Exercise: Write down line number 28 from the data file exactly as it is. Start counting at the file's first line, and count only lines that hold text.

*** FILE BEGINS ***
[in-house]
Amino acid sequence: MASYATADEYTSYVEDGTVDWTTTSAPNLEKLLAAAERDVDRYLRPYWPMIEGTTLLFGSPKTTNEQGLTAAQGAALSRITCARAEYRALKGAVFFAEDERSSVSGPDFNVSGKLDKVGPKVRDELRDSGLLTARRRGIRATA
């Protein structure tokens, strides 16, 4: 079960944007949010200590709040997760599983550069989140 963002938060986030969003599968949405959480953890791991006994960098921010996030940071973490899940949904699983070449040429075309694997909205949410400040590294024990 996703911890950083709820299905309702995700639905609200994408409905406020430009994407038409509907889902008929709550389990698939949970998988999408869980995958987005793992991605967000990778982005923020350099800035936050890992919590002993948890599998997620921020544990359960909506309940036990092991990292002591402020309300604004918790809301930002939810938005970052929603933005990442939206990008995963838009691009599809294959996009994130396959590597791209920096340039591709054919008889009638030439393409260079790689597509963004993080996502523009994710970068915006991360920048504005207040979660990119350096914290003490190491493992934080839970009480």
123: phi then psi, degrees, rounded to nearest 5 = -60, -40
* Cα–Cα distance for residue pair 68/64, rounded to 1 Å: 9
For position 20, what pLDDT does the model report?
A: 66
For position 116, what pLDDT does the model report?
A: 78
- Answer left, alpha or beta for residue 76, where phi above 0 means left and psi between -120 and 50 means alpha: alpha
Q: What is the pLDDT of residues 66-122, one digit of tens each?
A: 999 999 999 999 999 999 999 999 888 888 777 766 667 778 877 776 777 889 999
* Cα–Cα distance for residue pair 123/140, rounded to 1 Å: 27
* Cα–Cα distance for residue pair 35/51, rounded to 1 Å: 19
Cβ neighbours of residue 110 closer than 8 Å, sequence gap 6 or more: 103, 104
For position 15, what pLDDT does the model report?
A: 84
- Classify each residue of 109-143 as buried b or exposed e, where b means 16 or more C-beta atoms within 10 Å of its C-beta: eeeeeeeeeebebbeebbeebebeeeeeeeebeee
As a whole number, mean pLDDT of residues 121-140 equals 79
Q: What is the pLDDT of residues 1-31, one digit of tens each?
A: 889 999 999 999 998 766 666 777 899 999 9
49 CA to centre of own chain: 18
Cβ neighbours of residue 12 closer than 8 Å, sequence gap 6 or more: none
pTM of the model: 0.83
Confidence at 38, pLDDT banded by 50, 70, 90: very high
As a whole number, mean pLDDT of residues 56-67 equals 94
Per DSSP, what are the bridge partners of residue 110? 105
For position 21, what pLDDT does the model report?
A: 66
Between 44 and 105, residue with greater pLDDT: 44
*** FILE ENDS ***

For position 21, what pLDDT does the model report?